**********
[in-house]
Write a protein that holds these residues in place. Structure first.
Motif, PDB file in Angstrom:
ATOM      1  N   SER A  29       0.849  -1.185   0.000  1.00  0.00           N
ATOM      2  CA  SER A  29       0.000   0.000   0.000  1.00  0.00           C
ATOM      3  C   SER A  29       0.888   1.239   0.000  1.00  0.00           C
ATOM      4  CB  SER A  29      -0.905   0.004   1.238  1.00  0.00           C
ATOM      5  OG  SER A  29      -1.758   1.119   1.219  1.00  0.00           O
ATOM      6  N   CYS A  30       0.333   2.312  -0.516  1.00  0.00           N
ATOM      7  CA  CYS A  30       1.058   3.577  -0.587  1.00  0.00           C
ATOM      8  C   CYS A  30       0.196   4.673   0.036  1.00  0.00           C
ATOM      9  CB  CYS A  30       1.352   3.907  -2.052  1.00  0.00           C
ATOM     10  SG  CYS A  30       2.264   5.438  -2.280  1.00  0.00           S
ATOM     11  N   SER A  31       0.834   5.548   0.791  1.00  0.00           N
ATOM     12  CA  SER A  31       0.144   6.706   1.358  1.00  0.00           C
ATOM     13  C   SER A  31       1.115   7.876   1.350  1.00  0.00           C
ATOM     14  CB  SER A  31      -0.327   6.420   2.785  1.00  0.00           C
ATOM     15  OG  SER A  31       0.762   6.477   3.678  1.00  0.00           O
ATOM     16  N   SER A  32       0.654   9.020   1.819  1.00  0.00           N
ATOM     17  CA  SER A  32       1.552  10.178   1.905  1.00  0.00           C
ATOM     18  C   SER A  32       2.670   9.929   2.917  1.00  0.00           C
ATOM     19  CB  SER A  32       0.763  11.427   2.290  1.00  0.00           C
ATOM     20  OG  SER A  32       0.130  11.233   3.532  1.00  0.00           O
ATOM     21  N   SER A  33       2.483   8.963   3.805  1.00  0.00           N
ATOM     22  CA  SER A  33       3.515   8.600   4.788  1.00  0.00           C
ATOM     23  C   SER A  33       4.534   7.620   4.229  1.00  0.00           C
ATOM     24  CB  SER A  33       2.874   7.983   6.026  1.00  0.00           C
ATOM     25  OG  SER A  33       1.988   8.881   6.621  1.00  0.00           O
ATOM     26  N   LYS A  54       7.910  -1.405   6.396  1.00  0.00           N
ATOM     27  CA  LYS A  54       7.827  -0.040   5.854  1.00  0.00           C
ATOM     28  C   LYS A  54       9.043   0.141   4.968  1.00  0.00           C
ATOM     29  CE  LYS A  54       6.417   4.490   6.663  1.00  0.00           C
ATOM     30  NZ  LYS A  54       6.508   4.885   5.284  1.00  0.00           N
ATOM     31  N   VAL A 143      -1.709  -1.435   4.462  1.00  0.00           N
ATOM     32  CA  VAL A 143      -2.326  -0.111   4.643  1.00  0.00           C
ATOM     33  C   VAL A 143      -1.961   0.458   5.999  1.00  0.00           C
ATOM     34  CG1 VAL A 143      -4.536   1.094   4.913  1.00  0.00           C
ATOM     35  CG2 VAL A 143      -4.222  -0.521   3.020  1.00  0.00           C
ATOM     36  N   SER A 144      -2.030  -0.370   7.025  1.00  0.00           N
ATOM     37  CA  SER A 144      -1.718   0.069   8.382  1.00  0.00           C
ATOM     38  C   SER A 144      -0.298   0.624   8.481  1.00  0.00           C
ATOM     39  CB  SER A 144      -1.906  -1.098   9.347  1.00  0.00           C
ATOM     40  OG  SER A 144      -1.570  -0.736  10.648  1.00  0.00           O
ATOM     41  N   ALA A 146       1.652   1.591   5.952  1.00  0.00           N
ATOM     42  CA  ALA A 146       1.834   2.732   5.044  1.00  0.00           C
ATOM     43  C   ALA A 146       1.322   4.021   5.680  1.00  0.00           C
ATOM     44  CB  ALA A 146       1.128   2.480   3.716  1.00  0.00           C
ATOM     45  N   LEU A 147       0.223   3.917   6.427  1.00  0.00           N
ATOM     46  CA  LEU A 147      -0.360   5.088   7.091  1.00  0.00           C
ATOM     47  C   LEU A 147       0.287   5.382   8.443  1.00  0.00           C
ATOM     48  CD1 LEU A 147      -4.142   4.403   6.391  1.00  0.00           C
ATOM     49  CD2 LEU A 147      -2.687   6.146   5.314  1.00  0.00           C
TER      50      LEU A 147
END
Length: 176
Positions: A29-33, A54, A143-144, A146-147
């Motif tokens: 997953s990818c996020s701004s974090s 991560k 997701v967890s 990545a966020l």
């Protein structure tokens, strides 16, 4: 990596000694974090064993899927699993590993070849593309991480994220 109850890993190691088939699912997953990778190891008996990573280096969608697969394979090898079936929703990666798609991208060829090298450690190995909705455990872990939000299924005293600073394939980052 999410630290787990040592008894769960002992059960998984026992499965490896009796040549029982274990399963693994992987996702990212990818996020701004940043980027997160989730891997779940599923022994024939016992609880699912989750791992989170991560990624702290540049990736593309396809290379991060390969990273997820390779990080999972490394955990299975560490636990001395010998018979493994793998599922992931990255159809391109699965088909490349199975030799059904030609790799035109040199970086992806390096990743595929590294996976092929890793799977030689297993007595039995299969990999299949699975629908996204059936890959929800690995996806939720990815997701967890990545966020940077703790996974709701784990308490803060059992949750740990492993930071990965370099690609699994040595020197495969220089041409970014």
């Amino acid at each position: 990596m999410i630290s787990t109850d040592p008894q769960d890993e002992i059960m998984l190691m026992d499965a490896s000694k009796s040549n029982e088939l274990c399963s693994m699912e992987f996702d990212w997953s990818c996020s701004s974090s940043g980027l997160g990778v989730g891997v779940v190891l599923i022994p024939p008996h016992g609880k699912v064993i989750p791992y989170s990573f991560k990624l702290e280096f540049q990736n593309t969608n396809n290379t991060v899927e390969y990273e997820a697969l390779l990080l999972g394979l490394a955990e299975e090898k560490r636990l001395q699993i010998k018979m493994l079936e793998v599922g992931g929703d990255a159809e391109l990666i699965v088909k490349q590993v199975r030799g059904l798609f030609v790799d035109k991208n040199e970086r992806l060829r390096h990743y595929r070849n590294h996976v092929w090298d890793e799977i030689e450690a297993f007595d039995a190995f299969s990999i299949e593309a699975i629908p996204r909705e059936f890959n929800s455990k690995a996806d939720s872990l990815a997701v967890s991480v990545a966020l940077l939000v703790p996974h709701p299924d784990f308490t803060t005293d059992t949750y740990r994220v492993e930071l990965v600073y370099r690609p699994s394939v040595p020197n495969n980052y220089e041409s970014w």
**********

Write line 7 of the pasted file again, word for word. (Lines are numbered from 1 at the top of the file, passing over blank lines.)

ATOM      4  CB  SER A  29      -0.905   0.004   1.238  1.00  0.00           C